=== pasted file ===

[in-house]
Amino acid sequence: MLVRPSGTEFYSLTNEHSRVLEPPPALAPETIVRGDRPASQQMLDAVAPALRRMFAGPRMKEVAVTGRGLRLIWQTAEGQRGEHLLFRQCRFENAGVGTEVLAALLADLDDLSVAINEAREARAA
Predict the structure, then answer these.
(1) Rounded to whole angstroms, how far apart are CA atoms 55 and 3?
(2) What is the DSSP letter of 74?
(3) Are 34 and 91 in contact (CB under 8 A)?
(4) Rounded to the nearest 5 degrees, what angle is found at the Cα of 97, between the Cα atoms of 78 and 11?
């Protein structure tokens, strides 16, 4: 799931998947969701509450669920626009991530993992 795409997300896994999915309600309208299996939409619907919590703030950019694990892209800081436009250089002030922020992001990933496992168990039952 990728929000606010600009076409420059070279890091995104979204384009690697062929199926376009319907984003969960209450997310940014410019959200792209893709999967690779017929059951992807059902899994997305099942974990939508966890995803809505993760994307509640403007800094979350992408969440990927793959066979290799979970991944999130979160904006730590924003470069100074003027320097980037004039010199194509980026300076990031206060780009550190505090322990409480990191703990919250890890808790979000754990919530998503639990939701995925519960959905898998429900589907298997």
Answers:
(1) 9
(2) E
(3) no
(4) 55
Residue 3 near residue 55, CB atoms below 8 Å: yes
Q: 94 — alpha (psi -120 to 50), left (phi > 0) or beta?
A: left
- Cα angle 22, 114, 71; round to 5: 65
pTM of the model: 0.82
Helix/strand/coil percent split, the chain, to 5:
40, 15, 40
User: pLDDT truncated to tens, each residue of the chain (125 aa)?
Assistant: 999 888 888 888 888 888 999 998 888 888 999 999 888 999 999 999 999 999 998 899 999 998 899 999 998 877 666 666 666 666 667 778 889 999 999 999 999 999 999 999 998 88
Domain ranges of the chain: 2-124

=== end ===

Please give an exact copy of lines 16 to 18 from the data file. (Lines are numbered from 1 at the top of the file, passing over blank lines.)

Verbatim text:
A: left
- Cα angle 22, 114, 71; round to 5: 65
pTM of the model: 0.82